https://en.wikipedia.org/wiki/Frontinus#De_aquaeductu
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Mick Harper
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Presumably you are writing, and he was talking of gradients/ straightness.

No, except indirectly. One needs roads, the other doesn't. It's a critical distinction that archaeo's and historians never recognise.

Another factor is that folks settle close to water sources, on dry ground.

I've never heard this one before, leastways not in Britain where everywhere's dry land and you can get water any which way.

Soldiers/travellers/mules move along the shortest route

You must be joking. They move along the best route, the easiest route, which might (wonders will never cease) occasionally be the shortest route. Romney Marsh maybe.

carrying their water with them.

You must be joking. They wouldn't be able to carry anything else! I suppose you might have a canteen with a bit of wine to wet your whistle but otherwise you (and Muffin) drink when you get there or at a pitstop along the way.

He's very disappointing about the Stanegate unless that features in Part 3
Folks do prefer the military stuff.

Yes, he shares this general delusion. Imagine a History of Britain (AD 1500 - 2000) which was ninety-five per cent about Catterick and Aldershot.

Wiley is taking a look at the aqueducts. Alongside Aesica there was a six mile long Roman aqueduct used to supply water to the fort.

You must be joking. Who builds a six mile aqueduct to supply a fort?

There were also Roman aqueducts in the region at South Shields, Chester-le-Street and at Lanchester.

You might do to supply towns but I find it very surprising. Unless these places had special reasons for needing water over and above.

I haven't forgotten Frontinus.

Thank God for that. I'd forgotten all about her.
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Wile E. Coyote


In: Arizona
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You must be joking. They move along the best route, the easiest route, which might (wonders will never cease) occasionally be the shortest route. Romney Marsh maybe.


Difficult to argue against the best.

Major William Caulfeild wrote:


‘Had you seen these roads before they were made, You would lift up your hands and bless General Wade!’
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Mick Harper
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In: London
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A case in point. I doubt if there was anything that we would call 'a road' north of Perth before Wade. There would be drovers' routes since fattening cattle for the lowland markets was a cash crop. (Interested to hear what came back, and how.) Drovers' routes can involve a bit of engineering but the need (up slopes with steps, across bogs with corduroy) would probably not appeal to a road surveyor who would probably take the long way round. Nevertheless, these roads would follow the general line of drovers' routes, with a bit of straightening out. Especially with the power to insist on it where necessary cf the railways. But not, I would have thought, 'straight' for any distance.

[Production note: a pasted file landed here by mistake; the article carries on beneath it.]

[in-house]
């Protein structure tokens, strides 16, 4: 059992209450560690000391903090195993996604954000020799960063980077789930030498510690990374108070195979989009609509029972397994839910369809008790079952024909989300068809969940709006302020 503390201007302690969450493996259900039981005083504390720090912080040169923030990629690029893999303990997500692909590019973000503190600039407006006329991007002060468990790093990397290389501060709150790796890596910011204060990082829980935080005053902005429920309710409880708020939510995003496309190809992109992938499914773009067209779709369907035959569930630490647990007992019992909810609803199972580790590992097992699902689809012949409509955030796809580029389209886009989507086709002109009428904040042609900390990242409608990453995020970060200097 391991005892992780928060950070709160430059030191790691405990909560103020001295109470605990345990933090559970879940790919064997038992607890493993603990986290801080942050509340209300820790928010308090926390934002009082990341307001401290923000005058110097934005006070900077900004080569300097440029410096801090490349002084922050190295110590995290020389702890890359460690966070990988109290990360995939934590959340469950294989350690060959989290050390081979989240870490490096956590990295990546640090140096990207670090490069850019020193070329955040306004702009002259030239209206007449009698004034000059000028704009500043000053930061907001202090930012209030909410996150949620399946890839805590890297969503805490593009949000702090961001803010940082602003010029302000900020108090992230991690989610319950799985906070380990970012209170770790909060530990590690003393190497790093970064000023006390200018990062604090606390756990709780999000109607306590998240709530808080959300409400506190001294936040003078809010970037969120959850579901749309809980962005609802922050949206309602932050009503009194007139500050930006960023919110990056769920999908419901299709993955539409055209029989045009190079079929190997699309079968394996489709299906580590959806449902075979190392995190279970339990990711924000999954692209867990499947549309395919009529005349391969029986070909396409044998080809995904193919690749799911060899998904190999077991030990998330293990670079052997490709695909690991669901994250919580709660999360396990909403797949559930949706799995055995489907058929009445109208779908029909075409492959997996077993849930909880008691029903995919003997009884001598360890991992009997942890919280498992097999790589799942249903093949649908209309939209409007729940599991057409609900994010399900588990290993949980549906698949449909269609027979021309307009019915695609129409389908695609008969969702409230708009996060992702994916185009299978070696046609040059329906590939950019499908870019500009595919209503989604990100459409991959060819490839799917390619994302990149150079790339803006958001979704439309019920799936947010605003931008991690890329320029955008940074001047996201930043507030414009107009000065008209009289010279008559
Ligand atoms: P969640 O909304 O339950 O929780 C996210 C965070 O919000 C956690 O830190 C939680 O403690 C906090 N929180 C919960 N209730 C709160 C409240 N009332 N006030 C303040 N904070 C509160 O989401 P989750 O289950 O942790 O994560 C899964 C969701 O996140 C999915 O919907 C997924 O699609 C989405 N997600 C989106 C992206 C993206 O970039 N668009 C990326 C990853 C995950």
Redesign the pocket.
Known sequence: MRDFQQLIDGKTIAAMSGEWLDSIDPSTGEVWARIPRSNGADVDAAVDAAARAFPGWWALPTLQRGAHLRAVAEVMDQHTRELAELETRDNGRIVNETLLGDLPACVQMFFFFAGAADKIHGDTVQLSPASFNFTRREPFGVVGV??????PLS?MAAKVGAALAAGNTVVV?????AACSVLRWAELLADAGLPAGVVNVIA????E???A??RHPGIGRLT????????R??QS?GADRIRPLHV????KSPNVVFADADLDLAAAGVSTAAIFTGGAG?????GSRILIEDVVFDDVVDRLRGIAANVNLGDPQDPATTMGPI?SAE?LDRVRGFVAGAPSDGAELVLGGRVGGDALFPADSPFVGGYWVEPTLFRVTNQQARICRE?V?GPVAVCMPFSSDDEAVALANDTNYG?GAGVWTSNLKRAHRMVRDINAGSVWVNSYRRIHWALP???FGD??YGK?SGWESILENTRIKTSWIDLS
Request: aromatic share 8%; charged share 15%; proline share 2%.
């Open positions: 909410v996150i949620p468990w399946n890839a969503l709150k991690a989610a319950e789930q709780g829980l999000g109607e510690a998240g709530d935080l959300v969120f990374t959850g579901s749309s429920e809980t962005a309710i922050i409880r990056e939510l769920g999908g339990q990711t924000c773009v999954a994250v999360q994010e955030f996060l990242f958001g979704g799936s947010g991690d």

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Hatty
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In: Berkshire
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If a Roman wanted to get from Winchester to Cirencester they would take the Chute Causeway

Not sure if it's significant but a straight line between Winchester and Cirencester, according to Google Earth, goes through Mildenhall and Ogbourne St George (the only village on the Ridgeway).
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Hatty
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In: Berkshire
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I've happened to take the M4 turn-off to Ogbourne St George and it's a dead straight road until it gets to OSG at which point it suddenly turns into a normal bendy road.

But the map shows the road continuing as a trackway, heading straight as a die to Mildenhall. The straight bit is labelled 'Roman road'. The trackway is just a dotted green line.
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Wile E. Coyote


In: Arizona
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Bits of aqueducts appear there.

https://bit.ly/2MLN5BW

Would a archaeologist know the difference between a road bed and a siphon aqueduct?

https://bit.ly/2MLNmVt
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Wile E. Coyote


In: Arizona
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Frontinus' De Aquaeductu, provides not just a overview of the various Roman aqueducts..... it is in part a circular history of Rome as seen through the supply of water. Roma regina aquarum.
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Wile E. Coyote


In: Arizona
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Of course De Aquaeductu might have been written by a Charles Bertram in which case this a false trail.